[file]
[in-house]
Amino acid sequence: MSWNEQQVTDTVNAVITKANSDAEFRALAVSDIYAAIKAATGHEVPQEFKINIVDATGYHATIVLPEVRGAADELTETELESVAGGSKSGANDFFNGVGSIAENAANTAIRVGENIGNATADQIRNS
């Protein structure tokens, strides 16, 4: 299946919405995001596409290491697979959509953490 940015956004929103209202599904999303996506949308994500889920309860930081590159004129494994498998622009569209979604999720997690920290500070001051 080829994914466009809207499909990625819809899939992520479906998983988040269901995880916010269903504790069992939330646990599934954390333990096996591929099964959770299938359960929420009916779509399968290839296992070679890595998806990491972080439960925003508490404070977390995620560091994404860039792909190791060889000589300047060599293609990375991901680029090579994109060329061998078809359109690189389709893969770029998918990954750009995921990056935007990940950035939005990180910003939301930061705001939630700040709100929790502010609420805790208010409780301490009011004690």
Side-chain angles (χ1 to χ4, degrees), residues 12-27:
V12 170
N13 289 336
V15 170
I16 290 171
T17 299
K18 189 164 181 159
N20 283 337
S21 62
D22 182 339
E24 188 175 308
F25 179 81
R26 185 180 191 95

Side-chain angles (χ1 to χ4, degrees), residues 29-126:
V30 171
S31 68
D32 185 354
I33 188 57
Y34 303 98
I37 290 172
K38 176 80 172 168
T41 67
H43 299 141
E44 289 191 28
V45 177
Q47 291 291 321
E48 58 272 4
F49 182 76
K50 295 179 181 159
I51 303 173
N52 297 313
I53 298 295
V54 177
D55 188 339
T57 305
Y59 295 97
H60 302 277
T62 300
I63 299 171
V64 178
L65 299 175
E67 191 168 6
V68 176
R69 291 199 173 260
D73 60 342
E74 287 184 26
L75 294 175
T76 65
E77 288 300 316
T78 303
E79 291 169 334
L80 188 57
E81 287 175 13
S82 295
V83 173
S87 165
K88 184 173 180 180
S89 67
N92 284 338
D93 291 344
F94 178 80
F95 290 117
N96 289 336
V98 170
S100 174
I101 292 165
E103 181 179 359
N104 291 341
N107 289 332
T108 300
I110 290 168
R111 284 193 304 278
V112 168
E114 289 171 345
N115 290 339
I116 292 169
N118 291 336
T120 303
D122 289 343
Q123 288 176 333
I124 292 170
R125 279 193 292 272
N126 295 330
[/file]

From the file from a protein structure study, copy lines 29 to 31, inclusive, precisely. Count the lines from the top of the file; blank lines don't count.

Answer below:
Q47 291 291 321
E48 58 272 4
F49 182 76